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What Is Lifestyle Creep?

So, you just got a raise or a new job with a bigger paycheck. Good for you! But what happens to the extra cash now coming your way each month? If you aren’t careful, lifestyle creep can get you off track from getting ahead with your money. So, let’s talk about what it is and how you can avoid it.

What Is Lifestyle Creep?

Plain and simple, lifestyle creep is when your income goes up and your spending creeps right up to meet it. You don’t even notice the shift. It just happens. If you think about it, it’s the perfect name, right?

Lifestyle creep is sometimes called lifestyle inflation … or liflation. (Actually, liflation isn’t a word. I just made that up.)

Now, on one hand, things could be worse. You could be overspending. But lifestyle creep is still bad for your money. All those financial goals you’ve got? A raise could really help you get there way sooner! But not if you just start mindlessly spending it on impulse buys, eating out, coffee runs or well . . . anything!

Lifestyle creep can happen at any life stage. Raises, side hustles, promotions: Any time you up your income, you’ve got to be intentional with that money. Otherwise, your lifestyle will creep in and take over.

Signs of Lifestyle Creep

Okay, so how do you know if you’re experiencing lifestyle creep? Here are a few signs to tip you off:

Your money goals are at a standstill.

Most of us have money goals. What are yours? Building a huge emergency fund? Paying off your debt? Saving up for that dream vacation? Investing in retirement?

The good news is—you can do all of those things. The bad news is—you can’t if you’re spending everything you make. You’ve got to be intentional with your money. That’s how you make it do what you want it to do.

If your income goes up but you’re not seeing progress on your money goals, that’s one of the signs of lifestyle creep.

Your spending has gone up, but your savings hasn’t.

Listen, I’m a natural-born spender. It’s not on the level of a shopping addiction. I’m just geared toward spending money, and I love spending it.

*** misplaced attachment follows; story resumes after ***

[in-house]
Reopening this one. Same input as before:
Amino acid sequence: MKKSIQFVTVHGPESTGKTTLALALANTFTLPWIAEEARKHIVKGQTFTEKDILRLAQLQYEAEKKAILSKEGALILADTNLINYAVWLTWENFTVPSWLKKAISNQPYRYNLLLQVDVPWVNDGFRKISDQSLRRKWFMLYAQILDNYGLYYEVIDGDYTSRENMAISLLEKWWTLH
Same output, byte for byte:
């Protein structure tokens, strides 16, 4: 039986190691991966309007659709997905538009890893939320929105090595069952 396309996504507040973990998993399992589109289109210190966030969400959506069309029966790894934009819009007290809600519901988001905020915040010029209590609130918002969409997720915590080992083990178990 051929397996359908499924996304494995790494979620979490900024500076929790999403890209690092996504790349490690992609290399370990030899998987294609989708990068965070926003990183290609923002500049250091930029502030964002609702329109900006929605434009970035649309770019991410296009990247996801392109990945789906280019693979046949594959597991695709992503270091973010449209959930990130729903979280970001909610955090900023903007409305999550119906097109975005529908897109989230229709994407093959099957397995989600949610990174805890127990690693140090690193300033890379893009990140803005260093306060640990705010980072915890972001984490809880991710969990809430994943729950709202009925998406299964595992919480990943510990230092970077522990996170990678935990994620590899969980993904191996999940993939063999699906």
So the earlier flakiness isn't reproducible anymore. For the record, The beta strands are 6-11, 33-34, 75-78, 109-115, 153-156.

But I know that about myself. So if my income goes up, I know I’ve got to be diligent about where that money goes.

So, if your spending is on the rise but your savings isn’t, that’s another clue you might be experiencing lifestyle creep.

Little luxuries have become common habits.

Remember when getting a fancy latte in the drive-thru on the way to work was treating yourself? And now you get one nearly every morning?

Okay, maybe it’s not coffees for you. Maybe it’s buying lunch every workday or getting pedicures each week or getting a $13 cocktail every time you go out for dinner.

Whatever it is, hear this: There’s nothing wrong with spending money on fun things, as long as it’s in the budget and not holding you back. But if all the things that were once treats now feel completely normal—and even necessary—it could be a sign of lifestyle creep.

Why Lifestyle Creep Is Harmful

I hope you can see that buying nice things isn’t the problem here. The problem is mindless spending. The problem is letting your money do whatever instead of telling it to do what you want.

Lifestyle creep is harmful to your financial health and your financial security. You’re trading the future for the present—but you aren’t even really aware you’re doing it!

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Listen, if you get a raise or start making extra money some other way—take a minute to celebrate it with friends and family. But then, start making a plan for what to do with that money. Or the next year will come and go without you even realizing what you spent it on.

7 Ways to Fight Lifestyle Creep

Okay, guys. It’s time to do the exact thing I just said—start making a plan. This next part is all about being intentional with your increased income, because that’s how you’ll fight lifestyle creep. And win.

1. Plan for the future.

All of your money decisions will flow out of what’s important to you. Your career choices, purchases, investments, college selection for the kids—everything! So, let’s start there!

Take some time to think about your values. Then, write down your financial goals and put up pictures of those goals so you can be reminded of why you’re taking up the fight against lifestyle creep. You have to put in the work today to get the tomorrow you’re dreaming of. And trust me, it’s worth it.